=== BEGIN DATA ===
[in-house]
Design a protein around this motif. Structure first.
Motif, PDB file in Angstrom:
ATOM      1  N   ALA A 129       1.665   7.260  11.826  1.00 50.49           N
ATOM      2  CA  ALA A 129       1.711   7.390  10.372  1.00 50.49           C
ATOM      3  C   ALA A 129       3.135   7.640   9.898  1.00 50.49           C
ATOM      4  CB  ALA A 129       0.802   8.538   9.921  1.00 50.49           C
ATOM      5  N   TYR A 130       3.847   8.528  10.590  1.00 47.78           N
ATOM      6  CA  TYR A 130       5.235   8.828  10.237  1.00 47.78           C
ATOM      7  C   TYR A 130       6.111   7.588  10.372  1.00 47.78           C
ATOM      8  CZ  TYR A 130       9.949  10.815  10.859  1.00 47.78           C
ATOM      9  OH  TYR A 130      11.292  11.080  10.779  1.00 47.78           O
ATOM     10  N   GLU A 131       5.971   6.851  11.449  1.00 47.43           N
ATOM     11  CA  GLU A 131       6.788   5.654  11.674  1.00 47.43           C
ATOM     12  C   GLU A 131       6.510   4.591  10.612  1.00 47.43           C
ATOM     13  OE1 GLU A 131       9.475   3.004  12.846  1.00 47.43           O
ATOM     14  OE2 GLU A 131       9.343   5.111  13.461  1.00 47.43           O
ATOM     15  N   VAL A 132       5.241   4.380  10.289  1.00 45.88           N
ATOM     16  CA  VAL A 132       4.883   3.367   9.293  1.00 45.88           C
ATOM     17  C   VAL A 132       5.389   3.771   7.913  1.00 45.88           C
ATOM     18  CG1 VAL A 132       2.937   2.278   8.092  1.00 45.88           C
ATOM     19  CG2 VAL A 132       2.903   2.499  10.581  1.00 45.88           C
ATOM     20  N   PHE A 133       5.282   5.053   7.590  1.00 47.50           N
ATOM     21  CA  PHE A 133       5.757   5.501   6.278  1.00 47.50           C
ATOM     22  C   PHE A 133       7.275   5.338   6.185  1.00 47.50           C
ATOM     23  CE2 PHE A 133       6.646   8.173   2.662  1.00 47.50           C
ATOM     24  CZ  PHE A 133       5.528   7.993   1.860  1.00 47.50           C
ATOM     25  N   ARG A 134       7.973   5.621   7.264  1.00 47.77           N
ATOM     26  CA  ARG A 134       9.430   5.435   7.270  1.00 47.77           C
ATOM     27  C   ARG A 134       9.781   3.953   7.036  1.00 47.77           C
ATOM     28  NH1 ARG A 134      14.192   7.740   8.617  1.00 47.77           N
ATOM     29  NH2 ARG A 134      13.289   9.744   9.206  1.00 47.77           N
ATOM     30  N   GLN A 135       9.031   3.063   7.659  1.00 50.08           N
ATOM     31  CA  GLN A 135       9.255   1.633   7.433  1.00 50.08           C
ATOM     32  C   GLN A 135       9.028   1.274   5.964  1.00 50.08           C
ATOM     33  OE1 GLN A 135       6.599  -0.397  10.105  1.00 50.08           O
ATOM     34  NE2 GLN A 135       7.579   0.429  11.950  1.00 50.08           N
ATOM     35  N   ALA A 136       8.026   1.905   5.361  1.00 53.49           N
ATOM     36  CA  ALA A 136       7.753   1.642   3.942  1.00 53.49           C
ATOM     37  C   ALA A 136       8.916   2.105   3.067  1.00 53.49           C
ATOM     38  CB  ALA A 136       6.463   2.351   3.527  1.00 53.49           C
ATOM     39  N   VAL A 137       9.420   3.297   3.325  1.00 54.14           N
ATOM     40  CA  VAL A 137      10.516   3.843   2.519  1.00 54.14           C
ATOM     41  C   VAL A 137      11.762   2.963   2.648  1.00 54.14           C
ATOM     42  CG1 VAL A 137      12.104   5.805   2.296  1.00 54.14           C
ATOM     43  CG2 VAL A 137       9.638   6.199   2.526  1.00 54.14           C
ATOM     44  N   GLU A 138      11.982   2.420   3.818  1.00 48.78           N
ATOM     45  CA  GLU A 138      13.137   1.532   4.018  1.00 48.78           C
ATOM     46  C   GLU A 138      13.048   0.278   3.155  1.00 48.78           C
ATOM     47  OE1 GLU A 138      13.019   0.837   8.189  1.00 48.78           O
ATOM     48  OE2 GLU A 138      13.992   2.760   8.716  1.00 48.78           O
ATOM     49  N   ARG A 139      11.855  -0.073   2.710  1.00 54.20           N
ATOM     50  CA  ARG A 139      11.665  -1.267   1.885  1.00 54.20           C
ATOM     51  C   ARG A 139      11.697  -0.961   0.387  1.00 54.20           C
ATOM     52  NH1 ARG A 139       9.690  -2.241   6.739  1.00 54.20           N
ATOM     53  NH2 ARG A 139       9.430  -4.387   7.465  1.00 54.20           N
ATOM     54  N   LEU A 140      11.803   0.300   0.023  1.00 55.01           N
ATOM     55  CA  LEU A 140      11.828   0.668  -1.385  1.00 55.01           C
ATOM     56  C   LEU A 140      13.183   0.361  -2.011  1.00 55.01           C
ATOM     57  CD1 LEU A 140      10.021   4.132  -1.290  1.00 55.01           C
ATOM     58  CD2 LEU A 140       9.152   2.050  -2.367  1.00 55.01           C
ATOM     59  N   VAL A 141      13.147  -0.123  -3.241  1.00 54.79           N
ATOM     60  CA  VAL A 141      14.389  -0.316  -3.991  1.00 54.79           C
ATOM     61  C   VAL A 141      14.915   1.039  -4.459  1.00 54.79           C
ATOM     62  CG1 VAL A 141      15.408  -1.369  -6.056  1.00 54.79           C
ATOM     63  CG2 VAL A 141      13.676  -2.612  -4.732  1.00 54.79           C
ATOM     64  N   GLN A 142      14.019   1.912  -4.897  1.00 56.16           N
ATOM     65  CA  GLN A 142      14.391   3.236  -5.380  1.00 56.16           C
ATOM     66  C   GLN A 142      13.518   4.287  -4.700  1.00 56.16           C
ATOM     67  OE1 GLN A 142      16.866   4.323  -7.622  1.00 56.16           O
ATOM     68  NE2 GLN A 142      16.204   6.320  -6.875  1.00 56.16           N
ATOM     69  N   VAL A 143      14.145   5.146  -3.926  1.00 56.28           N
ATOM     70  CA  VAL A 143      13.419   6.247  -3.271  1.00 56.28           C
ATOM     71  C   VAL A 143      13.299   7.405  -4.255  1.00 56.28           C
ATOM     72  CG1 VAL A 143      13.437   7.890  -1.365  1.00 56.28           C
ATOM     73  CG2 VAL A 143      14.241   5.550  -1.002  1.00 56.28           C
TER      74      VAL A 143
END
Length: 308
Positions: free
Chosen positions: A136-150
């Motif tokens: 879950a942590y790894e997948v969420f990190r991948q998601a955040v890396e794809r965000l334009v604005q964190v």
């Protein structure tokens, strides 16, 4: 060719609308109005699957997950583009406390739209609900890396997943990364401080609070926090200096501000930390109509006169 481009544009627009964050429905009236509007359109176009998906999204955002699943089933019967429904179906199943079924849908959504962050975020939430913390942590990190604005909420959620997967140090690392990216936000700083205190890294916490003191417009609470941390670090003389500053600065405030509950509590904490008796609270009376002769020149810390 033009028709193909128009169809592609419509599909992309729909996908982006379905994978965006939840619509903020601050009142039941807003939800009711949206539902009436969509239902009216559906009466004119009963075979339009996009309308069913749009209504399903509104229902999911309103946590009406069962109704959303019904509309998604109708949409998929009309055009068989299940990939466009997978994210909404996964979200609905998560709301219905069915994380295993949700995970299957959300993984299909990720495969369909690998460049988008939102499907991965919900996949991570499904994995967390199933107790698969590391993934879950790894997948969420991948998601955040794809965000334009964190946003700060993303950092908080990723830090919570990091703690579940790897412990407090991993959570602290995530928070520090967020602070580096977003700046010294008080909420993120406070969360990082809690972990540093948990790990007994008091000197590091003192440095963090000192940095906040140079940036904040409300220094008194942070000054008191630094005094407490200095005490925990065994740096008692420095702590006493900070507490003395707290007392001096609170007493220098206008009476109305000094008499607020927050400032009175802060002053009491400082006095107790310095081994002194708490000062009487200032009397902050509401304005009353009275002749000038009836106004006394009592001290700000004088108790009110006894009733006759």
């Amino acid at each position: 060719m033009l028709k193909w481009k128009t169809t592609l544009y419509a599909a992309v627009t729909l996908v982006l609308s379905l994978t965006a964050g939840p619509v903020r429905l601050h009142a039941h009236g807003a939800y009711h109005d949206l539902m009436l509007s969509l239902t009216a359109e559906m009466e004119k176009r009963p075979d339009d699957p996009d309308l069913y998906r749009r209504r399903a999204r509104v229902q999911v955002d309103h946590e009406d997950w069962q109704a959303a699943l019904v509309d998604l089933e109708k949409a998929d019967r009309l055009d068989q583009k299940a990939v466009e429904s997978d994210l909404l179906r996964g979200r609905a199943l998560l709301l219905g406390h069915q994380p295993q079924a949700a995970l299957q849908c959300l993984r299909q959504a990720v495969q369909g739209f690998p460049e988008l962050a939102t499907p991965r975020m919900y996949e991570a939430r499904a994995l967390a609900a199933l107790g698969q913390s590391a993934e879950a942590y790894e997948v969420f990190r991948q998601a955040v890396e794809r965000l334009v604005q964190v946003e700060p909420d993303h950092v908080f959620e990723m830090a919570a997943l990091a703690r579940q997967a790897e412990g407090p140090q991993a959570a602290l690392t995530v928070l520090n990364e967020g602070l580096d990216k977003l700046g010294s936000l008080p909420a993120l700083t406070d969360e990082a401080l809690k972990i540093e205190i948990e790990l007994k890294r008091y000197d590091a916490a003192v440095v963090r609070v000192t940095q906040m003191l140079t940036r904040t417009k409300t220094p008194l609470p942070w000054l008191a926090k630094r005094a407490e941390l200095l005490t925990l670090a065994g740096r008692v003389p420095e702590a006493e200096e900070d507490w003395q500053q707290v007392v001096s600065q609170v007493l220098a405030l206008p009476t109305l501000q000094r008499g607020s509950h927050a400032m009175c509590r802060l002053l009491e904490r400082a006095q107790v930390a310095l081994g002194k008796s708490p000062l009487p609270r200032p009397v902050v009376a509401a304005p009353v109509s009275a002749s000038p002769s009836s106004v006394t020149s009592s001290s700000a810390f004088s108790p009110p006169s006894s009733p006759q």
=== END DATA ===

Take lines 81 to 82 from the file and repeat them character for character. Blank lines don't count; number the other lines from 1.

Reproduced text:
Chosen positions: A136-150
């Motif tokens: 879950a942590y790894e997948v969420f990190r991948q998601a955040v890396e794809r965000l334009v604005q964190v």